Besides the lack of homogeneity, legal and administrative texts are, as a rule, inadequate
in terms of style. This is due to the fact that material content and clarity of legal and
administrative texts have priority over good style. The essential thing is to prevent the
danger of altering the meaning of a text or offering possibilities for misinterpretation when
wording such texts from the very outset. Furthermore, almost all legal and administrative
texts are normally the result of cooperation between several authorities and bodies and
therefore subject to numerous changes and additions during their draft stage. This is the
reason why style and even syntax of such legal and administrative texts very often lack
harmony. For translators of legal and administrative texts, for example, it is very important
that they should strictly confine themselves to the style and style level of the original text in
the source language (…………..), also paying attention to the form of the document,
because form-dependent documents and papers are prescribed in almost all fields of law
and administration, particularly in the procedural law sector, e.g, civil proceedings, criminal
procedures, administrative court procedures, etc.

The phrases contained in legal and administrative texts are mostly terms of speech and
idioms normally used by courts and public authorities. Quite a number of such parts of
speech and idioms are based upon archaic terms and phrases originating from ancient
laws, rules, documents, papers, etc.

The English language is particularly rich in such archaic terms, which in most cases
originate from Roman and Anglo-Saxon law. Let’s mention here but a few examples: to wit,
witnesseth, in consideration of, know all men by these presents, etc. Such archaic forms
of expression are often difficult to understand and translate; the reader, or the student, or
even the professional, is sometimes faced with difficulties and finds himself at a loss for
proper equivalents, because not all of these terms are listed in technical dictionaries or
glossaries and very often old sources of reference are to be consulted in order to clarify
the meaning of the respective word or phrase. Another characteristic feature of legal and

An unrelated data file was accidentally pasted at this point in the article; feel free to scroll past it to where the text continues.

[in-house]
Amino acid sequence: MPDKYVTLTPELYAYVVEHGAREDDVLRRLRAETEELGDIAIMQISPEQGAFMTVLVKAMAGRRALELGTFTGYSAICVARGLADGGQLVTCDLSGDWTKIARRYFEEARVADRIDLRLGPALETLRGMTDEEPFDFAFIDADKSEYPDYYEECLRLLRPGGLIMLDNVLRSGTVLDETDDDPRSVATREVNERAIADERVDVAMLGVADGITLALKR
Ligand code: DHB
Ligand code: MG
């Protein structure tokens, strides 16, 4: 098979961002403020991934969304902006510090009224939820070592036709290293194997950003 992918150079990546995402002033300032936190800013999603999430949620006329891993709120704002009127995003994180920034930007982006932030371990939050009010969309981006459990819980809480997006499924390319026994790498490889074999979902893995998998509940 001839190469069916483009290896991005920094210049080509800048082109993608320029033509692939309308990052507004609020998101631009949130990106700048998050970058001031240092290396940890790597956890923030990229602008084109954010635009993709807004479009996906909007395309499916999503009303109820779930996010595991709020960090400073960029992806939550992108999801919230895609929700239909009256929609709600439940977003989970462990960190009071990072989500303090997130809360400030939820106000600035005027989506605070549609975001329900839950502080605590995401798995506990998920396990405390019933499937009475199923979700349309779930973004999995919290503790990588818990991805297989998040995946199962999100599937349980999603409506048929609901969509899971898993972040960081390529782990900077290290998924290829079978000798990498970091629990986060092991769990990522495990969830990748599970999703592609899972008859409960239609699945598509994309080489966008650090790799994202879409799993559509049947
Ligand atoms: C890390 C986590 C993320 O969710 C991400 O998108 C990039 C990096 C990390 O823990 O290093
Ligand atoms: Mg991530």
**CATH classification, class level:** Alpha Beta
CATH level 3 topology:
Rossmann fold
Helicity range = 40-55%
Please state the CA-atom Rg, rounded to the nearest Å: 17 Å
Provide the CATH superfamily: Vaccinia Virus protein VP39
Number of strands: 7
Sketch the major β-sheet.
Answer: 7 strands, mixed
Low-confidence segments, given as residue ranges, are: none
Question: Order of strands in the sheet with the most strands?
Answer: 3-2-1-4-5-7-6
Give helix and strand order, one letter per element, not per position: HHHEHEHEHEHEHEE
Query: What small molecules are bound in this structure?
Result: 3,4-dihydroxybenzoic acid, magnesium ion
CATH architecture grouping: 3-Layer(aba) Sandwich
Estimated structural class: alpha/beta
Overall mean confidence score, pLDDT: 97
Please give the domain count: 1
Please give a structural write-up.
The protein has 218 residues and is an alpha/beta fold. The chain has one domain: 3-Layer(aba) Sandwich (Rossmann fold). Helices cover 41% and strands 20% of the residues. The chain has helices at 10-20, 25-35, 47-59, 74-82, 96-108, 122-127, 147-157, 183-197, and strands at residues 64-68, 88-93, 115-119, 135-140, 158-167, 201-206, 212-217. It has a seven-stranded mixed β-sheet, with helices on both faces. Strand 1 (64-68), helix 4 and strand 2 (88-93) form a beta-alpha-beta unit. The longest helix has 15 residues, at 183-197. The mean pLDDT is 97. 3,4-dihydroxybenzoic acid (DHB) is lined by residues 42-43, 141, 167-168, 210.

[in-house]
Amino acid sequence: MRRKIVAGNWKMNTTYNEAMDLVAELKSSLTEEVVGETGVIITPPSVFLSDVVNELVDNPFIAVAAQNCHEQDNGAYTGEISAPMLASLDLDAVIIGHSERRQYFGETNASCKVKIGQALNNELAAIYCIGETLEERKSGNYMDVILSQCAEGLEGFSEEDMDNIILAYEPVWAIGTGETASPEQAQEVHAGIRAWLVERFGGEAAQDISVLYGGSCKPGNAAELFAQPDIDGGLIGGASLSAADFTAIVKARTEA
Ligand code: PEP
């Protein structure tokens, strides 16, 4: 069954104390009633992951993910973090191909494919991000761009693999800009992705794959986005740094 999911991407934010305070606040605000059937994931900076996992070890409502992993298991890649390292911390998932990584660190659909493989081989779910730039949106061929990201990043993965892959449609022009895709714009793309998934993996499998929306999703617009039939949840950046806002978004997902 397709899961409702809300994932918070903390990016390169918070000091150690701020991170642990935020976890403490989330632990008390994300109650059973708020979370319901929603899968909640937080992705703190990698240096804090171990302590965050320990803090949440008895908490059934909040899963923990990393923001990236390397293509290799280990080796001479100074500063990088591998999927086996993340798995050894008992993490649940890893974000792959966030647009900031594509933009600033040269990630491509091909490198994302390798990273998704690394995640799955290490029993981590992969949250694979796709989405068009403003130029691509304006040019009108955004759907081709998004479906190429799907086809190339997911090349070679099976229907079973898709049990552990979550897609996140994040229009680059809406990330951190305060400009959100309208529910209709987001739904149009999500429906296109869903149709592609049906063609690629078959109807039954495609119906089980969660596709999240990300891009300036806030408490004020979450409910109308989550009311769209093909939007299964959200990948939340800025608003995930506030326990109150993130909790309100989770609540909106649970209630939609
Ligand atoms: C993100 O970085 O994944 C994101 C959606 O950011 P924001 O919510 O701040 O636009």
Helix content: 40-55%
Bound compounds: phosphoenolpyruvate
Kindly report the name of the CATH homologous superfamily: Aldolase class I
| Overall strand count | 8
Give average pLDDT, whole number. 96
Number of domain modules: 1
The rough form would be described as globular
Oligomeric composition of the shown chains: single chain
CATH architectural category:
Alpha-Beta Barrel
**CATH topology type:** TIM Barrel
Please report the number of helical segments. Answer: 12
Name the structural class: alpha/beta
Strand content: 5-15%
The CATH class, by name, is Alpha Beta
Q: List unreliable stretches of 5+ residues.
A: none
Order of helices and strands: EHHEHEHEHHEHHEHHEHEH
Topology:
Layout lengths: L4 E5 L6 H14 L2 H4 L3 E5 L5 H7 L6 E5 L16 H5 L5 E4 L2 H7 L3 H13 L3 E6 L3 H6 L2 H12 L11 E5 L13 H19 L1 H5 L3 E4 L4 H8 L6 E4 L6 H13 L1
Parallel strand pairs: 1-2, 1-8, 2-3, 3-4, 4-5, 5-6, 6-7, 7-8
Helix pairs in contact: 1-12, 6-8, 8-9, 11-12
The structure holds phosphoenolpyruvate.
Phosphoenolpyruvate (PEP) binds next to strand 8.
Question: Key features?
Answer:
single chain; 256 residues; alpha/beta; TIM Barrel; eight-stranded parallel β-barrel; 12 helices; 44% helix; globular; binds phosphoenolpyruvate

administrative texts is the abstract and impersonal style they show. This is due to the fact
that any official decision should be exemplary for all similar cases; therefore, the wording
of such texts must be abstract and impersonal.

Besides, the legal and the linguistic interpretation differ in two essential points: the prime
task of the jurist is to find the legal consequence of the wording of the text, while the
translator’s task is to translate a text as precisely as possible, finding the linguistic
equivalents which in their legal relevance correspond to both the original tone of the
source language and the translated version into the target language.-




Interpretation and technique of translating legal and administrative texts.

As in all other fields of knowledge, the translation of an administrative text depends on the
translator’s full understanding and comprehension of the subject matter in question. This
requirement is a 'sine qua non’ for the sworn court interpreter and translator who have to
fulfill a responsible task within the framework of judicature and public administration. The
interpretation of legal texts is an art in itself, an art requiring a profound knowledge in the
field of law and administration. Since ancient times, jurisprudence has known two methods
of interpretation which differ from each other: one theory sees the main source of
interpretation in the word laid down in writing in order to go to the bottom of the term and